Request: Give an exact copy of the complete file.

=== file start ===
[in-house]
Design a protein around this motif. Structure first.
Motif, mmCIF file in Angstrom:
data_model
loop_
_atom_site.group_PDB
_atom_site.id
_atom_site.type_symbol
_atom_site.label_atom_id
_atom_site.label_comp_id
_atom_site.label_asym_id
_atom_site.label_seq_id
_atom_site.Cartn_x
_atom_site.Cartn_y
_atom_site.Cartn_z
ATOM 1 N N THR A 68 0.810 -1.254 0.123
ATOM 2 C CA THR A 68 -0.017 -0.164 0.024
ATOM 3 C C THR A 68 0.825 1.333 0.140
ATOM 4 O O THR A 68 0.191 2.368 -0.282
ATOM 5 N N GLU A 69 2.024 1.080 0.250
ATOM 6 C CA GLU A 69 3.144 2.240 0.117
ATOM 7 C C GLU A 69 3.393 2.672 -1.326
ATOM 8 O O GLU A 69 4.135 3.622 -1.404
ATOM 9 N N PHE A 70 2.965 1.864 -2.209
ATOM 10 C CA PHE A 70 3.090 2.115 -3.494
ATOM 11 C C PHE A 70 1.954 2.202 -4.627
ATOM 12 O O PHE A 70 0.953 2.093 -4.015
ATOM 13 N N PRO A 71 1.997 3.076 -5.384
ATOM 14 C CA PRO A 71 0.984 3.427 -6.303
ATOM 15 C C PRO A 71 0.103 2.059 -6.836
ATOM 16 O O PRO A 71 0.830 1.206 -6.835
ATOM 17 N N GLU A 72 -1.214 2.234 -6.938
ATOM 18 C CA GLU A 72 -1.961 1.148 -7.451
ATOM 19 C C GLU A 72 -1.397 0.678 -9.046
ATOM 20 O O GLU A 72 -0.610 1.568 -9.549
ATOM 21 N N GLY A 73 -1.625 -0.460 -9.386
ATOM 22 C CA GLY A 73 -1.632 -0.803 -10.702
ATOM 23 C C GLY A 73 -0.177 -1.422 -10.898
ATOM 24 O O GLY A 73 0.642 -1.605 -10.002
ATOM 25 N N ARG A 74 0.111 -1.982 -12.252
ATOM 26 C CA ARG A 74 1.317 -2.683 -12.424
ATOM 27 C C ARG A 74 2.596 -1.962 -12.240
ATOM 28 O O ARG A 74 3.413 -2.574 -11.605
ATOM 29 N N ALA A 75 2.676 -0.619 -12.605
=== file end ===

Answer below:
[in-house]
Design a protein around this motif. Structure first.
Motif, mmCIF file in Angstrom:
data_model
loop_
_atom_site.group_PDB
_atom_site.id
_atom_site.type_symbol
_atom_site.label_atom_id
_atom_site.label_comp_id
_atom_site.label_asym_id
_atom_site.label_seq_id
_atom_site.Cartn_x
_atom_site.Cartn_y
_atom_site.Cartn_z
ATOM 1 N N THR A 68 0.810 -1.254 0.123
ATOM 2 C CA THR A 68 -0.017 -0.164 0.024
ATOM 3 C C THR A 68 0.825 1.333 0.140
ATOM 4 O O THR A 68 0.191 2.368 -0.282
ATOM 5 N N GLU A 69 2.024 1.080 0.250
ATOM 6 C CA GLU A 69 3.144 2.240 0.117
ATOM 7 C C GLU A 69 3.393 2.672 -1.326
ATOM 8 O O GLU A 69 4.135 3.622 -1.404
ATOM 9 N N PHE A 70 2.965 1.864 -2.209
ATOM 10 C CA PHE A 70 3.090 2.115 -3.494
ATOM 11 C C PHE A 70 1.954 2.202 -4.627
ATOM 12 O O PHE A 70 0.953 2.093 -4.015
ATOM 13 N N PRO A 71 1.997 3.076 -5.384
ATOM 14 C CA PRO A 71 0.984 3.427 -6.303
ATOM 15 C C PRO A 71 0.103 2.059 -6.836
ATOM 16 O O PRO A 71 0.830 1.206 -6.835
ATOM 17 N N GLU A 72 -1.214 2.234 -6.938
ATOM 18 C CA GLU A 72 -1.961 1.148 -7.451
ATOM 19 C C GLU A 72 -1.397 0.678 -9.046
ATOM 20 O O GLU A 72 -0.610 1.568 -9.549
ATOM 21 N N GLY A 73 -1.625 -0.460 -9.386
ATOM 22 C CA GLY A 73 -1.632 -0.803 -10.702
ATOM 23 C C GLY A 73 -0.177 -1.422 -10.898
ATOM 24 O O GLY A 73 0.642 -1.605 -10.002
ATOM 25 N N ARG A 74 0.111 -1.982 -12.252
ATOM 26 C CA ARG A 74 1.317 -2.683 -12.424
ATOM 27 C C ARG A 74 2.596 -1.962 -12.240
ATOM 28 O O ARG A 74 3.413 -2.574 -11.605
ATOM 29 N N ALA A 75 2.676 -0.619 -12.605